|CORAM:||G. D. Agrawal (VP), Kul Bharat (JM)|
|CATCH WORDS:||retraction, statement on oath|
|COUNSEL:||S. N. Soparkar|
|DATE:||March 19, 2015 (Date of pronouncement)|
|DATE:||March 23, 2015 (Date of publication)|
|AY:||2006-06 to 2008-09|
|FILE:||Click here to download the file in pdf format|
|(i) Modification to client code of client is not necessarily a mala fide act, (ii) Disclosure made in a statement recorded at unearthly hours cannot be given credence, (iii) if a voluntary disclosure is retracted, the AO has to make addition on the basis of documentary evidence|
(i) The AO held the client code modifications to be malafide with the intention to transfer the profit to other person by modifying the client code so as to avoid the payment of tax. From the circular of the Commodity Exchange, it is evident that client code modification is permitted on the same day. Therefore, we are unable to find out any justification for the allegation of the Assessing Officer that the client code modification was with the malafide intention. When the client code was modified on the same day, there cannot be any malafide intention. Had client modification done after the transactions period when the price of the commodity has already changed, then perhaps there could have been some basis to presume that client code modification is intentional. However, when the client code modification is done on the same day, in our opinion, there was no basis or justification to hold the same to be malafide.
(ii) Moreover, the AO has computed the notional profit/loss till the transactions period and not till the period by which the client code modification took place. Even if the view of the Revenue is accepted that the client code modification was with malafide intention, then the profit or loss accrued till the client code modification can be considered in the case of the assessee but by no stretch of imagination the profit/loss arising after the client code modification can be considered in the hands of the assessee.
(iii) In Kailashben Manharlal Chokshi vs. CIT (2010) 328 ITR 411 (Guj), the High Court held that if a statement is recorded at midnight, much credence cannot be given to such statement because the person would not be in a position to make any correct or conscious disclosure in a statement recorded at odd hours. The ratio of the above decision of the jurisdictional High Court would be squarely applicable to the facts of the assessee’s case because the statement was recorded at the midnight of 25th and 26th March 2008.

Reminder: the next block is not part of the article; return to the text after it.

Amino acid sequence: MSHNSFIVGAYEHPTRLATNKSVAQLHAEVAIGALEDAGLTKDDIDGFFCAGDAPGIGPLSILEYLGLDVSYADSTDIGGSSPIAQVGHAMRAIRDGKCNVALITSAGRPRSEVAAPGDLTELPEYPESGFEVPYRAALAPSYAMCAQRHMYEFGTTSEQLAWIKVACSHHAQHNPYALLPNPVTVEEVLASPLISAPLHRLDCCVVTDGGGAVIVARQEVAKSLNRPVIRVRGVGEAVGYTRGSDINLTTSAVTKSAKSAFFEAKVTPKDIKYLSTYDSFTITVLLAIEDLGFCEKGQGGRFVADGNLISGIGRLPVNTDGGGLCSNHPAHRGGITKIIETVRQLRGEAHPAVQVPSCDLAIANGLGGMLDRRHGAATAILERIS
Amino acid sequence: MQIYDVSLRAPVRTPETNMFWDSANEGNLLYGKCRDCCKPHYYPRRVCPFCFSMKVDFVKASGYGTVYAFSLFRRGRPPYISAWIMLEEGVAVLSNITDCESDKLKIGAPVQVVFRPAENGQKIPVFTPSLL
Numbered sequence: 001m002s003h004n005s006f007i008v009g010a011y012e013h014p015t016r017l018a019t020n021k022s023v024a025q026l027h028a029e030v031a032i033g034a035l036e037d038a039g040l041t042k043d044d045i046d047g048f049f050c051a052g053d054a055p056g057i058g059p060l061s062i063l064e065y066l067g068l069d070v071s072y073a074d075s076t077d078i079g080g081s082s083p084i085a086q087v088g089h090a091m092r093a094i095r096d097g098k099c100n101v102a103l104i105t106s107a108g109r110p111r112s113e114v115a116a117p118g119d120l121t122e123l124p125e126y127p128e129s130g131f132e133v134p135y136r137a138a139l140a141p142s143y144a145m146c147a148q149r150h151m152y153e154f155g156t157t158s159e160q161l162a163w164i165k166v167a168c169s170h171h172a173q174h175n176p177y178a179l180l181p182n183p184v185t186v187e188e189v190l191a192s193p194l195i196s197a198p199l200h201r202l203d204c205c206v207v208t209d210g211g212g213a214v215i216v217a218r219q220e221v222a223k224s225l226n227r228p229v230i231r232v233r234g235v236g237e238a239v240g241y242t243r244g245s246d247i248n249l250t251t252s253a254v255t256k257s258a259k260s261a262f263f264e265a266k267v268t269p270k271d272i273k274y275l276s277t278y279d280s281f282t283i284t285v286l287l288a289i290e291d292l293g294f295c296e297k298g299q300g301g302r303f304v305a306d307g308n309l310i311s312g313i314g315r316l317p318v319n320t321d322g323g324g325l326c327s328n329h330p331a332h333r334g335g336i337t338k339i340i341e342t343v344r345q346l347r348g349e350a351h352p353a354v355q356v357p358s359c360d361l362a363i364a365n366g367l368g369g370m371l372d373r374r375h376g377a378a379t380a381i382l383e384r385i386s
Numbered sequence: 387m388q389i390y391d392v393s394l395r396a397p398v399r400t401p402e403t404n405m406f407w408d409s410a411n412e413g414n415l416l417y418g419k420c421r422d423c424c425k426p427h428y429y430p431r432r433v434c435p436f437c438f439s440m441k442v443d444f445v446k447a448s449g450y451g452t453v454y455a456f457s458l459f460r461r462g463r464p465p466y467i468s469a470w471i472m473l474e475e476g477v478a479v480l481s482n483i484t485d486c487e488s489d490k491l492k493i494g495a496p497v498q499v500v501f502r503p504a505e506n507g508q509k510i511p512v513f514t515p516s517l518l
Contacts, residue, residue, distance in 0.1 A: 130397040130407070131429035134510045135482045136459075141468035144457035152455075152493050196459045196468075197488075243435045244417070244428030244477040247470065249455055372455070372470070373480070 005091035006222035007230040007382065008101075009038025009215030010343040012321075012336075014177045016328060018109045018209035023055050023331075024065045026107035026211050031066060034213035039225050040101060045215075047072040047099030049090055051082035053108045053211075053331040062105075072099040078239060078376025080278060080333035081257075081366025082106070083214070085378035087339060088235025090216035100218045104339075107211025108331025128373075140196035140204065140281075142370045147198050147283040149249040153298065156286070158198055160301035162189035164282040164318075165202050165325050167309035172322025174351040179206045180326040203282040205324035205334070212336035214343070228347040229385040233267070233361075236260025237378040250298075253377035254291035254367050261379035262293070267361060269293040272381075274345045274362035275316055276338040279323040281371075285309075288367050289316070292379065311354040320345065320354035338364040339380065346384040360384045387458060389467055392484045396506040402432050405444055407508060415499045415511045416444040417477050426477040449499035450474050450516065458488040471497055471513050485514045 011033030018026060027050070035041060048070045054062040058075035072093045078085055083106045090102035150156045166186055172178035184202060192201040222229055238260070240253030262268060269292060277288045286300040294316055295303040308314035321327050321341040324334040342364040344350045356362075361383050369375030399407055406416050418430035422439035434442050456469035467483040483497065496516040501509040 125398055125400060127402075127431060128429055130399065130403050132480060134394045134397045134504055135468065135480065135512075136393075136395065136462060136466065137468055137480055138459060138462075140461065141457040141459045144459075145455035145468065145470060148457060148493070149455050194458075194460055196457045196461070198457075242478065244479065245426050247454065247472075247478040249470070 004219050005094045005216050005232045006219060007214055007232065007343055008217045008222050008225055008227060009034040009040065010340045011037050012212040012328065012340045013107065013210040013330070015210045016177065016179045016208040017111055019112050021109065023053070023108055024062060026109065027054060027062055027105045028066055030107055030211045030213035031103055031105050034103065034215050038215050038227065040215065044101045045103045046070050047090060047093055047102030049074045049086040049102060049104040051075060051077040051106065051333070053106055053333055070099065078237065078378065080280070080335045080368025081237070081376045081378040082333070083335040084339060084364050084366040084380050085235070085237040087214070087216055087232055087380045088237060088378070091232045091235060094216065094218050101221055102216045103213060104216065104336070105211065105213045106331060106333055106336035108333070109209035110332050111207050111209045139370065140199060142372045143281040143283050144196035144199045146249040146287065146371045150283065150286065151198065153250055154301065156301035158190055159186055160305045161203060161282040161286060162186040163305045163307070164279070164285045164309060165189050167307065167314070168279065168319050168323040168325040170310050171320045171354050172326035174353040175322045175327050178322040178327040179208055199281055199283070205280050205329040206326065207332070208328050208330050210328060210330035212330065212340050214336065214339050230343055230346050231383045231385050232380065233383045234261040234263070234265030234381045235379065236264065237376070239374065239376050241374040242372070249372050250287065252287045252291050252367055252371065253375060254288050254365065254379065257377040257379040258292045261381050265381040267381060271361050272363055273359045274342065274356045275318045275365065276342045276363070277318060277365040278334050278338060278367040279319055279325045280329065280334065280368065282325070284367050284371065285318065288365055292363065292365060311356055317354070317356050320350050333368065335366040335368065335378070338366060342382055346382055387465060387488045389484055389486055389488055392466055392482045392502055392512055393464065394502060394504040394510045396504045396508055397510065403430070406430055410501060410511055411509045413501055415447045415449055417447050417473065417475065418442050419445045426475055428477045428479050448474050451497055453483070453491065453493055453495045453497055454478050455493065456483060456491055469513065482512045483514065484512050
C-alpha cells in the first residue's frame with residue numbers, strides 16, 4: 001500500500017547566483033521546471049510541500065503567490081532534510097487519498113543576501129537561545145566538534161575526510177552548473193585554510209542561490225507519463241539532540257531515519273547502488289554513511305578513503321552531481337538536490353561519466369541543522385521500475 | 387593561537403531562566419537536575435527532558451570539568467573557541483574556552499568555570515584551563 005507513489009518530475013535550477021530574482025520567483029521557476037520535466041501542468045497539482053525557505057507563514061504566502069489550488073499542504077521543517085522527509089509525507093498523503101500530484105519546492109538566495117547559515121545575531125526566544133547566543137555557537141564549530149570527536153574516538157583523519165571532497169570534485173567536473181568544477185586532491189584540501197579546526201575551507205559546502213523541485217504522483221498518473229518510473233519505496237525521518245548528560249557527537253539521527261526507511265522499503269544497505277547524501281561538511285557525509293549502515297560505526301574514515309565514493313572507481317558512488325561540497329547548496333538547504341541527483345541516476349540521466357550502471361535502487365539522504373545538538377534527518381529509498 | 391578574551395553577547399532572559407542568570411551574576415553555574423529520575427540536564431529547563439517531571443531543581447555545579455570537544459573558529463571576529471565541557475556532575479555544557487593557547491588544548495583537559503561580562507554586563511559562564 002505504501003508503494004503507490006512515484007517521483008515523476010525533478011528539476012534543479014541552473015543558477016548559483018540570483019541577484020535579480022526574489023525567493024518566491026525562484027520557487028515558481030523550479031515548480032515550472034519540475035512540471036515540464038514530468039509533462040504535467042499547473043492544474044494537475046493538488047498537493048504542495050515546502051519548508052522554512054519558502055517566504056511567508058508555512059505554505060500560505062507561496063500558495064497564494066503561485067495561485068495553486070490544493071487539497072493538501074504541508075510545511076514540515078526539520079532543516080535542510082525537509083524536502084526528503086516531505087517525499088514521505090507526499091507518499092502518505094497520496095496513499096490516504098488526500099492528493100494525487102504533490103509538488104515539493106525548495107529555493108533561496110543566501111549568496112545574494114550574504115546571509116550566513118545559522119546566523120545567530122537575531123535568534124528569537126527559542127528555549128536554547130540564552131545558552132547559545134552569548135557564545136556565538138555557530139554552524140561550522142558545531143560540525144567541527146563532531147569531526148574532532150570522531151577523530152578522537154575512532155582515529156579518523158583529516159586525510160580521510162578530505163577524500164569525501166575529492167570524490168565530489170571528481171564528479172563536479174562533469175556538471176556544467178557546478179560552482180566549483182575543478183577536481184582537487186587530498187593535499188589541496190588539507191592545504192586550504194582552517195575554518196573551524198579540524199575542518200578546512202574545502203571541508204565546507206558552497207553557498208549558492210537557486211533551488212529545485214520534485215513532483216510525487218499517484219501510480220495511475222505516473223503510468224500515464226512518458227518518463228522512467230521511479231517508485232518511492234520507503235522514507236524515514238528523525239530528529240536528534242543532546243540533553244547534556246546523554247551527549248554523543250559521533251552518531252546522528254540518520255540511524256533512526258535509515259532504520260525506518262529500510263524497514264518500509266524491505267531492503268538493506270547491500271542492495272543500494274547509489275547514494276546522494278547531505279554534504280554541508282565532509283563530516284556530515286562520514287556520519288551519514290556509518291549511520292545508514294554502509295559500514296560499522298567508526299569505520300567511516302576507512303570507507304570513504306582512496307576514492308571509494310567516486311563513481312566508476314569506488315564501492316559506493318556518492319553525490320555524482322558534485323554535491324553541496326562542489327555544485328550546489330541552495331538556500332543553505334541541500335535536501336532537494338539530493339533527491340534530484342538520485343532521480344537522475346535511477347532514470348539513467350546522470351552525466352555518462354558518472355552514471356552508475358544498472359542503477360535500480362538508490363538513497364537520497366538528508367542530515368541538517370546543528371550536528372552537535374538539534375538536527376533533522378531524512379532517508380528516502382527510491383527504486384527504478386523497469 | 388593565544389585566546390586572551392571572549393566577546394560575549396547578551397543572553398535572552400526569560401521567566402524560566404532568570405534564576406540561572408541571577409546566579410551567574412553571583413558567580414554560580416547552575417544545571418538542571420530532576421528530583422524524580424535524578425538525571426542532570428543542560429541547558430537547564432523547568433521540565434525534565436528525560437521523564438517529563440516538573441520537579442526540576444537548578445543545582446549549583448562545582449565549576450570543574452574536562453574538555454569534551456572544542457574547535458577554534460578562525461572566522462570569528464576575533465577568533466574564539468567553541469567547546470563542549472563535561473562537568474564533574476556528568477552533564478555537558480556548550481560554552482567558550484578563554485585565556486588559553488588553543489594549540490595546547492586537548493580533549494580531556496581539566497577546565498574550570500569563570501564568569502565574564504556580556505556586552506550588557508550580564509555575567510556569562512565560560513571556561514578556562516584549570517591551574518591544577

(iii) In Kailashben Manharlal Chokshi the Hon’ble High Court has noticed that when during the course of assessment proceedings the assessee has given the proper explanation for investment in various properties, the addition cannot be made on the basis of statement made at odd hours. Similarly, in the case of Ratan Corporation (2005) 145 Taxman 503 (Guj.), the Hon’ble jurisdictional High Court reiterated that when the statement made during the course of search has been retracted, then it is duty of the Assessing Officer to make further inquiries. Similar view is expressed by their Lordships of Hon’ble Jurisdictional High Court in the case of Radhe Associates (2013) 37 taxmann.com 336 (Guj.), wherein the Assessing Officer has made the addition by mentioning that there were clinching documentary evidences with respect to receipt of on-money. However, these clinching documentary evidences were not specified. In the case under appeal before us also, we find that the officer recording the statement of Shri Nayan Thakkar has mentioned that various defects and discrepancies have been observed from the papers and documents seized from the assessee’s premises. However, any defects or discrepancies were not specified. In view of the above, we are of the opinion that on the facts of the assessee’s case the decisions of the Hon’ble Jurisdictional High Court in the cases of Kailashben Manharlal Chokshi, Ratan Corporation and Radhe Associates would be squarely applicable.
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